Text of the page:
SASETA Requirements
  • Explain and distribute information
    • Provide appropriate oral and written information concerning the possibility of infection, sexually transmitted disease and pregnancy
    • Provide medically and factually accurate written and oral information about emergency contraception; the indications and counter-indications and risks associated with the use of emergency contraception; and a description of how and when the survivor may be provided emergency contraception
    • Provide appropriate oral and written information concerning the accepted medical procedures, medication and possible contraindications of such medication available for the prevention or treatment of infection or disease resulting from sexual assault
saseta requirements4
SASETA Requirements
  • Explain and distribute information
    • Provide written and oral instructions indicating the importance of timely follow-up healthcare related to HIV treatment and testing
    • Provide written and oral instructions indicating the need for follow-up examinations and laboratory tests 1-2 weeks after the sexual assault to determine the presence or absence of sexually transmitted disease
    • Provide brochure After Sexual Assault published by the Illinois Coalition Against Sexual Assault and the Illinois Department of Health, and written information prepared by the Illinois Attorney General about the Crime Victim Compensation Program*
      • This is now a FAQ titled, Crime Victim Compensation - Frequently Asked Questions by Sexual Assault Victims
saseta requirements5
SASETA Requirements
  • Explain and distribute information
    • Provide information on drug-facilitated sexual assault testing, including an explanation of the comprehensive scope of a drug screen and the limited time frame within which evidence can be collected
      • Contact Rhonda Carter at the Illinois State Police for original copies of the information sheet and consent form at 217-782-4975 or rhonda_carter@isp.state.il.us
    • Provide information regarding evidence collection, and the process and use of evidence in criminal investigation/cases
saseta requirements6
SASETA Requirements
  • Refer to appropriate resources
    • Provide referral to a physician for follow-up health care and/or monitoring of medication given or prescribed at the time of the initial hospital emergency visit as may be deemed appropriate
    • Provide referral by hospital personnel for appropriate counseling; the initial referral should be to a community-based rape crisis center, if such a center is available, or referral to other counseling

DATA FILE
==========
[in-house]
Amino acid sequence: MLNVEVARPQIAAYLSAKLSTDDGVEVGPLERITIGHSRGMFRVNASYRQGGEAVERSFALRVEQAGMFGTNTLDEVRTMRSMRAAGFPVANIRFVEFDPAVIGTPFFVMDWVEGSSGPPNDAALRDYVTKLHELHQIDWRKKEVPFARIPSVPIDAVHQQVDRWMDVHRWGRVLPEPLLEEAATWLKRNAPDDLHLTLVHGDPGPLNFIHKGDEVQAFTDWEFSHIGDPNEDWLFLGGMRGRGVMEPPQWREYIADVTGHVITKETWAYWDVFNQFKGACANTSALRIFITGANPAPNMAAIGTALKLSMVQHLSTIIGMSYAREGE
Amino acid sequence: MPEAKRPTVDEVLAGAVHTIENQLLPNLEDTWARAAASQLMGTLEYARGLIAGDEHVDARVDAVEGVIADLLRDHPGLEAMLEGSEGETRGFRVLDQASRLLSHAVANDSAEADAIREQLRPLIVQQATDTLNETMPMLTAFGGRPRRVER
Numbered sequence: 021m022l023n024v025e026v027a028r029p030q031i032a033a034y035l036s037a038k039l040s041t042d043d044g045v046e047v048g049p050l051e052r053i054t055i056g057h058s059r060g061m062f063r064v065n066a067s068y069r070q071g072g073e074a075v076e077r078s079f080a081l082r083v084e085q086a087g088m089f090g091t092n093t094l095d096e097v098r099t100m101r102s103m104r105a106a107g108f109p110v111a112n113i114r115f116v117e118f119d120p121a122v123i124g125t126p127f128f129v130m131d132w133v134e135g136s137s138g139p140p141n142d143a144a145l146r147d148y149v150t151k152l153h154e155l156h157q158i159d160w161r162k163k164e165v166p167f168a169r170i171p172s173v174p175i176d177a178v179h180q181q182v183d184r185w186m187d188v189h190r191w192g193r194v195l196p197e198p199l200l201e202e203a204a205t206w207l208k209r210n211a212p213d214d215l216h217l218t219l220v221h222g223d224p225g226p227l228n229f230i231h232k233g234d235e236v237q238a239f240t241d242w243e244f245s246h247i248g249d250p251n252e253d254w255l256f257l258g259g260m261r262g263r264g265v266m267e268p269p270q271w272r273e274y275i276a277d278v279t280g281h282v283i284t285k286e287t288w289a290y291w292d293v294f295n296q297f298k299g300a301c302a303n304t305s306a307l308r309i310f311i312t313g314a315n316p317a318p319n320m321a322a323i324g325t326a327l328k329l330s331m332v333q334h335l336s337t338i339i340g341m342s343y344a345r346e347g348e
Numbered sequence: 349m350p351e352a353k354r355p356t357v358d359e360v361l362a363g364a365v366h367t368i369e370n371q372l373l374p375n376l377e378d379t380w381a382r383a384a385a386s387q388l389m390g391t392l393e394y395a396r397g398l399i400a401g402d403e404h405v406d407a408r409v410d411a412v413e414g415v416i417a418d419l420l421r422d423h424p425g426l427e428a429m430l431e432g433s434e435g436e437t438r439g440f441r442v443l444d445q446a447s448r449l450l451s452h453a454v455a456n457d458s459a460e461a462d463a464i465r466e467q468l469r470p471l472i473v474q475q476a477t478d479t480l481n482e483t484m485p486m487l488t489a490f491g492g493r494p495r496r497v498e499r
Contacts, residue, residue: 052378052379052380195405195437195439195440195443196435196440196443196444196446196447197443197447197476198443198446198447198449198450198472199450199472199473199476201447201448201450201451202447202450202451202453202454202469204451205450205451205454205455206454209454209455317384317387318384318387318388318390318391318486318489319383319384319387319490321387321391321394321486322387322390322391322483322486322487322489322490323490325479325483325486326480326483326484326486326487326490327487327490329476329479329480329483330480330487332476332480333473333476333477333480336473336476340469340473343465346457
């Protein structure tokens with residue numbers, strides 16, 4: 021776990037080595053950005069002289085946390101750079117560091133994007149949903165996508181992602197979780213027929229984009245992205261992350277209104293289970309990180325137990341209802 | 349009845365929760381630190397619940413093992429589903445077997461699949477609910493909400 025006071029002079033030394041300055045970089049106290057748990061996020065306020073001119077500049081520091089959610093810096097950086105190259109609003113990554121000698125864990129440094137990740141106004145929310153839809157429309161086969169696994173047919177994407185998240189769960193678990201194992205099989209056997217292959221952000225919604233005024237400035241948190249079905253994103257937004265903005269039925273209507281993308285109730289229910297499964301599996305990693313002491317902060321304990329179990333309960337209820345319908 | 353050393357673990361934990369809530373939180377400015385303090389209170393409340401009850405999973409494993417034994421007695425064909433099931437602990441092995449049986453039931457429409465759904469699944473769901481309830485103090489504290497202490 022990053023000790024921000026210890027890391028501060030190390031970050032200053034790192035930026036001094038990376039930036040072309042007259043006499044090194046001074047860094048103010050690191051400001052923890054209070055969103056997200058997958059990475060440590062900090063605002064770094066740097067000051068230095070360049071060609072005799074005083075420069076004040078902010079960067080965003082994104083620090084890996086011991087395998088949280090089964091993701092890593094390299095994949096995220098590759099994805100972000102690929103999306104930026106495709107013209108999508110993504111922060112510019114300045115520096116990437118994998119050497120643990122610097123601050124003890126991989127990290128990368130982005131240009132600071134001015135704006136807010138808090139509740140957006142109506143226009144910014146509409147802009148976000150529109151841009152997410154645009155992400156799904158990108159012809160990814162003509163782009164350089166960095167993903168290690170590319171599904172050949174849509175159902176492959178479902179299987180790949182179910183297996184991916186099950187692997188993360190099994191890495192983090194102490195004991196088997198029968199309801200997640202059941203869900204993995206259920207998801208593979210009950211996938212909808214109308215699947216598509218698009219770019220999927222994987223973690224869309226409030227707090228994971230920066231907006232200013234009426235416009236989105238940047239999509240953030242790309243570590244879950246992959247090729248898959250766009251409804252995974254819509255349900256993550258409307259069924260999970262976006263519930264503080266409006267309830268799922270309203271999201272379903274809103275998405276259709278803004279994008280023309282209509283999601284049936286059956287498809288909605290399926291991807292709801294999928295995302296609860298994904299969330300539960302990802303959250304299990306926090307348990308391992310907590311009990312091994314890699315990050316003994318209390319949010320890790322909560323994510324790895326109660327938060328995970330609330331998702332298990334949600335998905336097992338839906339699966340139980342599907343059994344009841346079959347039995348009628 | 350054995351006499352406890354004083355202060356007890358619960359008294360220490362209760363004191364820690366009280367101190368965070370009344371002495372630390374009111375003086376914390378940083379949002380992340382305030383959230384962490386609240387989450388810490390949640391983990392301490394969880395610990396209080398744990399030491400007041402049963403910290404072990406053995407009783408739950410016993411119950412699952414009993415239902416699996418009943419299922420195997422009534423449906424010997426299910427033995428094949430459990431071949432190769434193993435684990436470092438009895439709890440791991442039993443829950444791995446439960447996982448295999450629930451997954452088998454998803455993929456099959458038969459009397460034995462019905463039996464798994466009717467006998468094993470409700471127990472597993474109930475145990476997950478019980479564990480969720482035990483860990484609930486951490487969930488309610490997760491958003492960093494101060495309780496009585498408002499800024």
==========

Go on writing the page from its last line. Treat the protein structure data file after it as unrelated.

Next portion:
saseta requirements7
SASETA Requirements
  • Medical records requirements
    • Hospital must develop a uniform documentation system and preserve the records in a way that maintains survivor confidentiality
    • Medical records should not reflect any conclusions regarding whether a crime occurred
    • All medical records for sexual assault survivors shall be maintained through a filing system that allows for immediate accessibility during Department surveys. This filing system may be maintained electronically
saseta requirements8
SASETA Requirements
  • The hospital record must
    • Indicate if the patient changed clothes, bathed or douched, defecated, urinated, ate, smoked or performed oral hygiene between the time of the sexual assault and the time of the examination
    • Indicate the presence of all trauma, major or minor, that may be used in a criminal proceeding
    • Contain photographs of injuries, clothing, etc. when taken with the victim’s consent
    • Contain a medical history that includes brief, general information concerning possible injury and drug allergies, and for female patients, a detailed gynecological history must be obtained including: menstrual history (last menstrual period), whether the patient knows or believes that she is pregnant, history of prior gynecological surgery such as hysterectomy or tubal ligation, history of contraceptive use, history of cancer and any prior genital injury or trauma
saseta requirements9
SASETA Requirements
  • The hospital record must
    • Indicate the presence of any and all persons during the examination process
    • Document compliance with each of the hospital’s procedures to ensure the welfare and privacy of the survivor
    • Indicate whether a report was filed with the Department of Children and Family Services, or whether the Department on Aging or the Department of Public Health was contacted